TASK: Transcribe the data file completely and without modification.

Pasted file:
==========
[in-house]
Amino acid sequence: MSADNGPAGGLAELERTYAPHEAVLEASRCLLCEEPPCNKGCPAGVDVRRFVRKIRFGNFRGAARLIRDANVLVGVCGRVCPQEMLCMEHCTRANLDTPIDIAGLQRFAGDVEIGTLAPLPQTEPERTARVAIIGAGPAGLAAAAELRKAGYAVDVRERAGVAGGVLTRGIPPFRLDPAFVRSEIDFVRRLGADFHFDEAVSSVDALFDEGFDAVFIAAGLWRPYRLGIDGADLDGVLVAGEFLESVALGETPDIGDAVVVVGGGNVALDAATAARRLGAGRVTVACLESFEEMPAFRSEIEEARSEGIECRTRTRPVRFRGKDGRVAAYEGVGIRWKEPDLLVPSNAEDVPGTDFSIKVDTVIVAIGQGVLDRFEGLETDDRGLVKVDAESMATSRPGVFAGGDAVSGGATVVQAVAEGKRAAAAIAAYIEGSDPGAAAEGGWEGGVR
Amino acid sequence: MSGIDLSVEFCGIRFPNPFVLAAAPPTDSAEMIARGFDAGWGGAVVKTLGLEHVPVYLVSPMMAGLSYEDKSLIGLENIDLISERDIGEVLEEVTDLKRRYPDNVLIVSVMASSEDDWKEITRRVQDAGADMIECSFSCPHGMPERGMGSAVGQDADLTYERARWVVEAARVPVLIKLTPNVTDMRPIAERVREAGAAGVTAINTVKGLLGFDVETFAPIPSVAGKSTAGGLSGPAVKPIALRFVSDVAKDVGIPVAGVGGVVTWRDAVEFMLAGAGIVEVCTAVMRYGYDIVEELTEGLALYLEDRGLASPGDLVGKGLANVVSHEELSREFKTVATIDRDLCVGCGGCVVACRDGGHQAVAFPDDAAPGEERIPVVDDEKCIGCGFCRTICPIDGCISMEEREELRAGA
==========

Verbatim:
[in-house]
Amino acid sequence: MSADNGPAGGLAELERTYAPHEAVLEASRCLLCEEPPCNKGCPAGVDVRRFVRKIRFGNFRGAARLIRDANVLVGVCGRVCPQEMLCMEHCTRANLDTPIDIAGLQRFAGDVEIGTLAPLPQTEPERTARVAIIGAGPAGLAAAAELRKAGYAVDVRERAGVAGGVLTRGIPPFRLDPAFVRSEIDFVRRLGADFHFDEAVSSVDALFDEGFDAVFIAAGLWRPYRLGIDGADLDGVLVAGEFLESVALGETPDIGDAVVVVGGGNVALDAATAARRLGAGRVTVACLESFEEMPAFRSEIEEARSEGIECRTRTRPVRFRGKDGRVAAYEGVGIRWKEPDLLVPSNAEDVPGTDFSIKVDTVIVAIGQGVLDRFEGLETDDRGLVKVDAESMATSRPGVFAGGDAVSGGATVVQAVAEGKRAAAAIAAYIEGSDPGAAAEGGWEGGVR
Amino acid sequence: MSGIDLSVEFCGIRFPNPFVLAAAPPTDSAEMIARGFDAGWGGAVVKTLGLEHVPVYLVSPMMAGLSYEDKSLIGLENIDLISERDIGEVLEEVTDLKRRYPDNVLIVSVMASSEDDWKEITRRVQDAGADMIECSFSCPHGMPERGMGSAVGQDADLTYERARWVVEAARVPVLIKLTPNVTDMRPIAERVREAGAAGVTAINTVKGLLGFDVETFAPIPSVAGKSTAGGLSGPAVKPIALRFVSDVAKDVGIPVAGVGGVVTWRDAVEFMLAGAGIVEVCTAVMRYGYDIVEELTEGLALYLEDRGLASPGDLVGKGLANVVSHEELSREFKTVATIDRDLCVGCGGCVVACRDGGHQAVAFPDDAAPGEERIPVVDDEKCIGCGFCRTICPIDGCISMEEREELRAGA